This doesn’t mean that a private sector company should be allowed to use eminent domain to build, for example, a Burger King on the corner. Burger King may be a necessity to you, but it’s not critical infrastructure, so it doesn’t meet the public use test.

And this is what was wrong with the Supreme Court’s Kelo decision. The case involved taking private property in order to build office buildings for a pharmaceutical company. And while pharmaceuticals are important, office buildings are not a public use. As a member of the general public, you could not have gained access to that building under any circumstances without permission, and those office buildings could have been put in other locations. In Kelo, the Supreme Court expanded the concept of public use beyond reason, and conservatives have been correct in criticizing that decision. But even a bad Kelo decision doesn’t invalidate the legitimacy of a proper public use test for eminent domain.

What Is Just Compensation?

It’s much harder to determine just compensation than to determine public use. People have emotional ties to their land and property, especially in rural areas, where it seems eminent domain most often comes into play. Imagine having the family farm taken in order to flood a reservoir to provide water for people living hundreds of miles away. Imagine saving a piece of land for your children to build their houses on someday, only to have the land taken in order to build a highway or rail line. What is the just compensation for such a taking?

Most often, fair market value is used to determine just compensation, since something like fair market value can usually be determined empirically and through negotiation. It’s virtually impossible to quantify the value of an emotional tie to land or property, although in theory attempting to do so would certainly fall within the concept of just compensation.

Should We Encourage or Discourage Private Sector Use of Eminent Domain?

The Constitution that contains the Fifth Amendment and the Takings Clause was intended to limit government, not the private sector. It’s reasonable to assume that the Founders expected private companies, rather than government, would be building ports and other necessary infrastructure, since during the Founding Era government was tiny and limited. That’s why we assert that the Constitution does not reserve a monopoly to government to build infrastructure.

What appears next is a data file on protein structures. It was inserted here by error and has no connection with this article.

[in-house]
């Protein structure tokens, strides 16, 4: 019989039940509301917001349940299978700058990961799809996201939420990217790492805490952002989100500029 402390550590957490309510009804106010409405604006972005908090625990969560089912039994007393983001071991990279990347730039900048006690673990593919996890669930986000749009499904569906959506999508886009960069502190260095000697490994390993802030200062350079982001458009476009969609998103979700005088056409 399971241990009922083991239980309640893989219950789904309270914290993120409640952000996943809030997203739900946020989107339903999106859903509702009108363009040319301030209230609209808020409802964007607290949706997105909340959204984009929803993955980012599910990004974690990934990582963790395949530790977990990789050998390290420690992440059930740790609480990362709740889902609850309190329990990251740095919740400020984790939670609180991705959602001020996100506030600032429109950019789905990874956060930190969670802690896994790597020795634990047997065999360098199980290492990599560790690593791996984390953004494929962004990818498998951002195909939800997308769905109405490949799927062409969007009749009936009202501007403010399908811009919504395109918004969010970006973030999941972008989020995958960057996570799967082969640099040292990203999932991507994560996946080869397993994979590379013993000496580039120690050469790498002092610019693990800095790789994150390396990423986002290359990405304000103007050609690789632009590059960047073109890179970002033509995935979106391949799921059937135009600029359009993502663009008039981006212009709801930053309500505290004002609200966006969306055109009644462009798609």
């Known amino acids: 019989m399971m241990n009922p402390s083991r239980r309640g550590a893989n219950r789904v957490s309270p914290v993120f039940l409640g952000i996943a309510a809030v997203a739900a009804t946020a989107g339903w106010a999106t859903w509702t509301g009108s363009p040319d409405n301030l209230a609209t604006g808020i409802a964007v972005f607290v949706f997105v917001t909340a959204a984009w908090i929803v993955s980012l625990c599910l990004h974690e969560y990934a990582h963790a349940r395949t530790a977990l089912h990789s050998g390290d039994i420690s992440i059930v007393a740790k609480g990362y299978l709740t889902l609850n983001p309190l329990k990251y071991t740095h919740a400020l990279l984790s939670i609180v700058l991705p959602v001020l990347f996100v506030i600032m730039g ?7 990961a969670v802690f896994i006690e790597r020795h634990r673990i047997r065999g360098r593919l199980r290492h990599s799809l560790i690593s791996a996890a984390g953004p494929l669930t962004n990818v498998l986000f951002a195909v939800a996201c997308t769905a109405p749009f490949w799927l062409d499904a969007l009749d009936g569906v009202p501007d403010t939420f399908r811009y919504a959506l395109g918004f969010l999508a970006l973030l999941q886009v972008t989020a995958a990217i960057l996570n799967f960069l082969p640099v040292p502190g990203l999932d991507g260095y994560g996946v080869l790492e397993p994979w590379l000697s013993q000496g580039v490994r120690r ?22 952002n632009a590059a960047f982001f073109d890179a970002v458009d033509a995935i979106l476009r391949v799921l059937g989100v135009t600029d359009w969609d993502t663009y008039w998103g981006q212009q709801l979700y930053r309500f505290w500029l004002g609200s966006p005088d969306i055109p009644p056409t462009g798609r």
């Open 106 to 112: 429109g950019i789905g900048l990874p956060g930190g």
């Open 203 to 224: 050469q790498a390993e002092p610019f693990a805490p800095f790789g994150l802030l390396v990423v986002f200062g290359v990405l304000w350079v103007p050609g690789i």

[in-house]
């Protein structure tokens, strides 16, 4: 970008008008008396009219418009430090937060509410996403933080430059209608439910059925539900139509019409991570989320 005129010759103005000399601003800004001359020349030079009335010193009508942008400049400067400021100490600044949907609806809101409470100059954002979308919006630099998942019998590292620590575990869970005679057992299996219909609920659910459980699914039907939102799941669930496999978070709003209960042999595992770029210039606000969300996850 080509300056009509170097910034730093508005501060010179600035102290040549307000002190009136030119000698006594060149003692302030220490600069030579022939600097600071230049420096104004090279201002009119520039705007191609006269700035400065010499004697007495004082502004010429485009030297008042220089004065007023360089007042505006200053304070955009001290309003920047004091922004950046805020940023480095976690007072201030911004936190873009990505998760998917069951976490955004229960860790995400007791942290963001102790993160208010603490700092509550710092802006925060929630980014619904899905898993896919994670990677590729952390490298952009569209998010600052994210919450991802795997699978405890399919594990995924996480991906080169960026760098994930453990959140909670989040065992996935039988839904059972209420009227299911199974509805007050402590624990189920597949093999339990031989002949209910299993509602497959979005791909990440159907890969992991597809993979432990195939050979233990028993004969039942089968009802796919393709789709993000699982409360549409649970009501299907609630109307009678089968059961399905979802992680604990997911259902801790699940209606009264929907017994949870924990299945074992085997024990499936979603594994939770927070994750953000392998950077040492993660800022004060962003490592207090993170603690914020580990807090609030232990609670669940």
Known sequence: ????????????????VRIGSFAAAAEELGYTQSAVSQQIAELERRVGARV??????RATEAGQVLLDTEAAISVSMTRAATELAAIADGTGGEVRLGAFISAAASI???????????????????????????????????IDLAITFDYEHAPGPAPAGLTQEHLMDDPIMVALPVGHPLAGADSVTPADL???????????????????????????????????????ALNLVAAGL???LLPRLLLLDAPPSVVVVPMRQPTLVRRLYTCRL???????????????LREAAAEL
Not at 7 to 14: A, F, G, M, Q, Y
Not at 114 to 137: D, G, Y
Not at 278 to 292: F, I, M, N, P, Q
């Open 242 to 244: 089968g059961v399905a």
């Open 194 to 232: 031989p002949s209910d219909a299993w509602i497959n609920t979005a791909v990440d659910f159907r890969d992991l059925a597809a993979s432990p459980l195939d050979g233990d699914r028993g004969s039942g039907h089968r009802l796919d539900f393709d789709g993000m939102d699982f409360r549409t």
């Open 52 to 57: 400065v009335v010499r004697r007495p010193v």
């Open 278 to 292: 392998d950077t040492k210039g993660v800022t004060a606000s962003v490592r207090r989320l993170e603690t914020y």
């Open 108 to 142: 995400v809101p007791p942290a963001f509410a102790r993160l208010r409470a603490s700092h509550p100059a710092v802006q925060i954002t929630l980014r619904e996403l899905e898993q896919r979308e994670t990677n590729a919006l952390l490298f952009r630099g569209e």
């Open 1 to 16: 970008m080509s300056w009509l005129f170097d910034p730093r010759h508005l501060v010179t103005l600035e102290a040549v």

Conservatives and other proponents of limited government should view private sector use of eminent domain as a feature, not a bug. Government is, after all, accustomed to using force and is often unconcerned about poor public relations, whereas the private sector is accustomed to pleasing customers and avoiding bad publicity. Therefore, we would expect property owners to have a better experience and probably derive better results from dealing with private sector entities than from dealing with government.

Further, government takings are always subject to the temptations of corruption. It is not unheard of for landowners with political connections to get better deals and even receive windfalls from government takings, or to be able to exercise undue influence over government infrastructure plans. Private sector entities are less subject to the temptations of corruption.

Finally, private sector entities are more efficient and more cost effective than government at building infrastructure. That’s why conservatives and free-market proponents have usually supported privatization of all but the most core government services. It’s not philosophically consistent for a conservative to argue that only government should be permitted to build infrastructure, or to tilt the playing field toward the benefit of government and to make it more difficult for private entities to build infrastructure.

If only the government can use eminent domain, then only the government can build and own infrastructure. That’s a recipe for a much bigger, more intrusive, more expensive government, and it’s something that the limited-government community should oppose.

When necessary, private sector use of eminent domain is a feature, not a bug. Through private infrastructure, we can grow the economy without growing government.

And if any extra scrutiny is needed, it should almost certainly be focused on government use of eminent domain rather than on private sector use. At least that’s how a proponent of limited government would view things.